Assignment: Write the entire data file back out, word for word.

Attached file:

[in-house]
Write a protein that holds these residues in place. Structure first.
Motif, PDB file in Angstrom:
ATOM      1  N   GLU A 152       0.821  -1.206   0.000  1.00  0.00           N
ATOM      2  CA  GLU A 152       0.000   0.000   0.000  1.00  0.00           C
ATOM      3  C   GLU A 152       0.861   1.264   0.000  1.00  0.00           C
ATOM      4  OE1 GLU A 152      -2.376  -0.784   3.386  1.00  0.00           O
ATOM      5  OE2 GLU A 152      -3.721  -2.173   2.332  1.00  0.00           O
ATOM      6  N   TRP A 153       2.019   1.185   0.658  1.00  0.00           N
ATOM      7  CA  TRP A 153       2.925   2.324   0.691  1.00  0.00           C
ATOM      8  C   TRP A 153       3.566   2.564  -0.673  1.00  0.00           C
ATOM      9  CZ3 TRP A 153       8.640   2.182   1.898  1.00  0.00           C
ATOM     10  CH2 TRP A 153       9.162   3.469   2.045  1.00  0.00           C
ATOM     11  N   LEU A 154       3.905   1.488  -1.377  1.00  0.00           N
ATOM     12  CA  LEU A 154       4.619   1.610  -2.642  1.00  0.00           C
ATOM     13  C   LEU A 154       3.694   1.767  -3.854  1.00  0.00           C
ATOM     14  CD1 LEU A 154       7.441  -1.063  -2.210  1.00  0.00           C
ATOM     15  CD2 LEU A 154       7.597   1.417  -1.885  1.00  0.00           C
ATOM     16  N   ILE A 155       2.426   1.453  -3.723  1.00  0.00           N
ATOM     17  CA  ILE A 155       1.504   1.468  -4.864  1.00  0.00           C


[in-house]
Write a protein that holds these residues in place. Structure first.
Motif, PDB file in Angstrom:
ATOM      1  N   GLU A 152       0.821  -1.206   0.000  1.00  0.00           N
ATOM      2  CA  GLU A 152       0.000   0.000   0.000  1.00  0.00           C
ATOM      3  C   GLU A 152       0.861   1.264   0.000  1.00  0.00           C
ATOM      4  OE1 GLU A 152      -2.376  -0.784   3.386  1.00  0.00           O
ATOM      5  OE2 GLU A 152      -3.721  -2.173   2.332  1.00  0.00           O
ATOM      6  N   TRP A 153       2.019   1.185   0.658  1.00  0.00           N
ATOM      7  CA  TRP A 153       2.925   2.324   0.691  1.00  0.00           C
ATOM      8  C   TRP A 153       3.566   2.564  -0.673  1.00  0.00           C
ATOM      9  CZ3 TRP A 153       8.640   2.182   1.898  1.00  0.00           C
ATOM     10  CH2 TRP A 153       9.162   3.469   2.045  1.00  0.00           C
ATOM     11  N   LEU A 154       3.905   1.488  -1.377  1.00  0.00           N
ATOM     12  CA  LEU A 154       4.619   1.610  -2.642  1.00  0.00           C
ATOM     13  C   LEU A 154       3.694   1.767  -3.854  1.00  0.00           C
ATOM     14  CD1 LEU A 154       7.441  -1.063  -2.210  1.00  0.00           C
ATOM     15  CD2 LEU A 154       7.597   1.417  -1.885  1.00  0.00           C
ATOM     16  N   ILE A 155       2.426   1.453  -3.723  1.00  0.00           N
ATOM     17  CA  ILE A 155       1.504   1.468  -4.864  1.00  0.00           C